A wilderness of broken mirrors

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Keerthik Sasidharan

Every day, while walking home after a long day’s work, I watch the lights shimmer out from the insides of skyscrapers. Down below on the streets of Manhattan, the mood is filled with revelries that follow a public hanging. Bars are filled with after-office gossip and romance. The drunken roar of automobiles and the shriek of ambulances making their way through traffic are everywhere. These scenes of everyday life that I see — superficial in its empiricism, commonplace in details — have, over the years, become the grounds from which my understandings of New York emerged.
But over the last few months, along the very same streets that I walk, the city authorities have replaced old payphone cubicles on the sidewalks with 10 ft tall kiosks that carry 55-inch digital screens across 1,300 locations. These digital obelisks continuously stream information about the city, cultural history of New York, vintage photographs, weather warnings, and an unending cornucopia of quiz and facts (“New Yorkers bite 10 times more people than sharks do worldwide”). The screens keep the passers-by entertained, informed, and occasionally even wistful for a quieter, older New York.
Before long, I noticed that as I walked past them, instead of “seeing” the world around me, my eyes inadvertently stared at this stream of images and text. Like an addict looking for his next hit, I kept a watchful eye for the next question or factoid that streamed in. With these screens on every second or third intersection, the multiplicities of sounds and sights, trifles and terrors of the ‘real’ world were replaced by an archipelago of lonely byte-sized facts.
By now, the world over, many human lives revolve around flitting between electronic screens: from telephones in hands, computer screens at work, televisions and hand-held devices in homes. To say nothing of the similar paraphernalia in the hands of spouses, peers and friends. Add to all this, an increasing number of electronic screens that proliferate in our public spaces — at airports, railways, digital billboards. We are awash in the afterglow of screens we have surrendered to.
To ask if this explosion of devices is good or bad for humans is besides the point. Instead, the question we ought to ask — perhaps, the only question we can ask— is, what does it mean for our minds to be surrounded by these devices that continually stream information? Over centuries, humans observed and had invented means to extract repetitions and commonalities from a world that was full of differences and variations. Conversely, humans developed protocols and methods to insinuate and construct subtle differences when faced with the regularities of life. In both cases — the discovery of repetition and the invention of difference — the world we saw and touched was an infinite dimensional object that allowed for a variety of readings.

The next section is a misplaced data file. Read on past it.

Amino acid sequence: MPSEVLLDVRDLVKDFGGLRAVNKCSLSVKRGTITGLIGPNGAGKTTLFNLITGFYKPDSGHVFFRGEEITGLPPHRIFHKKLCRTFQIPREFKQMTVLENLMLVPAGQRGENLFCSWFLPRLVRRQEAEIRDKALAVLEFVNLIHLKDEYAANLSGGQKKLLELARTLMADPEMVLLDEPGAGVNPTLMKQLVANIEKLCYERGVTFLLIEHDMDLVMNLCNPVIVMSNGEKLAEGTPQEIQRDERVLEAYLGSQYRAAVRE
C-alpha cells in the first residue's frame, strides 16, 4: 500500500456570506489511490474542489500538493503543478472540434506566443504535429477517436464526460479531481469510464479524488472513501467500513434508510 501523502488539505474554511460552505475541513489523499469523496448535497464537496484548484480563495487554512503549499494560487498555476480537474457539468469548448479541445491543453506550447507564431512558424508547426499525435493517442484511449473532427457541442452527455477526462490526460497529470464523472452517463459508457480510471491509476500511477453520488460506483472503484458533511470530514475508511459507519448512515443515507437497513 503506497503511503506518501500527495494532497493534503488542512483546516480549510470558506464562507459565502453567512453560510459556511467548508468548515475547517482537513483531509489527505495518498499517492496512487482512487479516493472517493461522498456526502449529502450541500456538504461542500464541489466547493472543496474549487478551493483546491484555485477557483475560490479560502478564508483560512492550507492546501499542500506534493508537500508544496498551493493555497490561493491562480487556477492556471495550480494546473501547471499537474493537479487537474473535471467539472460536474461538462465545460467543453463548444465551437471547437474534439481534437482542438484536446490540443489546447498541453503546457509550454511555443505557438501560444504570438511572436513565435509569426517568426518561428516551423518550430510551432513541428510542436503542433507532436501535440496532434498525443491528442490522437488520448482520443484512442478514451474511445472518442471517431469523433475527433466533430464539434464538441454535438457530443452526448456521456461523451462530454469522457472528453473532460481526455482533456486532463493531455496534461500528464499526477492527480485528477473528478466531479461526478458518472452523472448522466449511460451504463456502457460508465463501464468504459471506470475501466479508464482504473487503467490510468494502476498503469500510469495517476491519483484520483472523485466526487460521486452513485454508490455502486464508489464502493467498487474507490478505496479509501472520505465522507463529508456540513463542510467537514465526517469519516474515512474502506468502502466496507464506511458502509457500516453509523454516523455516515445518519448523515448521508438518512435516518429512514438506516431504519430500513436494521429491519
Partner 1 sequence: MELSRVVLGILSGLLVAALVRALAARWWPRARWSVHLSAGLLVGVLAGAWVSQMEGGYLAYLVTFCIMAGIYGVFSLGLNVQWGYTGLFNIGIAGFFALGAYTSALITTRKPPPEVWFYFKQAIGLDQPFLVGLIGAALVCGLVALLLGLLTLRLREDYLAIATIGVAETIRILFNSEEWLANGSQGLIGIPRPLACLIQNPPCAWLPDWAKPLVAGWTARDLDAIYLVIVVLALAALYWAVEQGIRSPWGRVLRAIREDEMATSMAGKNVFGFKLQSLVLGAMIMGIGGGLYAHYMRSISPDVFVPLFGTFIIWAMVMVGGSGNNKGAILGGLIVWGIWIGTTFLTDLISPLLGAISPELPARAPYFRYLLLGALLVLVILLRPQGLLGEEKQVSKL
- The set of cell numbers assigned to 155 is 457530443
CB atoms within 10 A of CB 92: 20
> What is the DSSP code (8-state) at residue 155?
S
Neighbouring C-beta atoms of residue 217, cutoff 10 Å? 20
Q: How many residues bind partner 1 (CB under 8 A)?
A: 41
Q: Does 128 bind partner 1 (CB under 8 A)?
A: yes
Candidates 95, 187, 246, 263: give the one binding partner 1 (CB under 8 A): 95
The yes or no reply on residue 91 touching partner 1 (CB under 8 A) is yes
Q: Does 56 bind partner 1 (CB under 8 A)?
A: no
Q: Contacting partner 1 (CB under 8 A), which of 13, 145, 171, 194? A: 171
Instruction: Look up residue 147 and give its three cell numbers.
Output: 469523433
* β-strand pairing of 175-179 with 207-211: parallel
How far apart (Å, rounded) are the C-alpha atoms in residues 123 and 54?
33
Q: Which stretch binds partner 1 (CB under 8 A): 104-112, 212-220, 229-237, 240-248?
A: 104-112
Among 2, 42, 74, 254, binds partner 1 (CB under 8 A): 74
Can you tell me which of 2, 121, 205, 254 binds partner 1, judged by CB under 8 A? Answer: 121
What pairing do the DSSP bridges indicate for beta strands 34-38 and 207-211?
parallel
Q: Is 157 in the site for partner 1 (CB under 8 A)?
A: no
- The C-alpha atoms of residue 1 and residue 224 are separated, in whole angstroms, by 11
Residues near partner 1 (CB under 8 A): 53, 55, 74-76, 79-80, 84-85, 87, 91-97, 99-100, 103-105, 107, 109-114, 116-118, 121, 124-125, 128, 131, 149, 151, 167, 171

Reality or simulation?
But now, the world that arrives into our consciousness is mediated by economics, manicured by aesthetes, and monitored by the state. What we experience as reality — structured representations and programmed content — is increasingly indistinguishable from a simulation. Our traditionally evolved vocabularies to parse differences and repetitions are of little use. The rules of these new simulated worlds that arrive through our screens are, by construction, designed to ensure that divergences amplify into differences and regularities fossilise into orthodoxies. Thanks to the grammar of these mediums, our engagement on various platforms has little use for crossovers, admixtures, or liminal spaces. For those who fail to master this new syntax lies rejection, then exile and eventually the digital equivalent of non-existence.The result of this steady transformation of how we recognise what constitutes the world is that fundamental units of social coexistence — ideas such as fact, truth, reality — have been uprooted from the cognitive infrastructure in which they traditionally resided. In These Truths, her excellent new history of the United States, Jill Lepore writes that in the centuries following the Magna Carta in 1215, “a new doctrine of evidence and new method of inquiry eventually led to the idea that an observed or witnessed act or thing — the substance, the matter, of fact — is the basis of truth”. When printing and mass literacy arrived, these new fangled ideas called ‘facts’ proliferated to become the basis of constructing reality. Our languages, intuitions, and institutions began to organise around the idea of learning to identify and appraise facts.
But now, with our screens and their omnipresent glow steadily pouring claims about the world, by scholar and everyman alike, most of us don’t have energies to parse truth from near truths. The result is weariness and a regression to the familiar and comforting. As the old world of belief and tradition vanishes, we discover that the post-Enlightenment dream of holding up a mirror to social realities propped up by facts and reason has yielded to a wilderness of broken mirrors.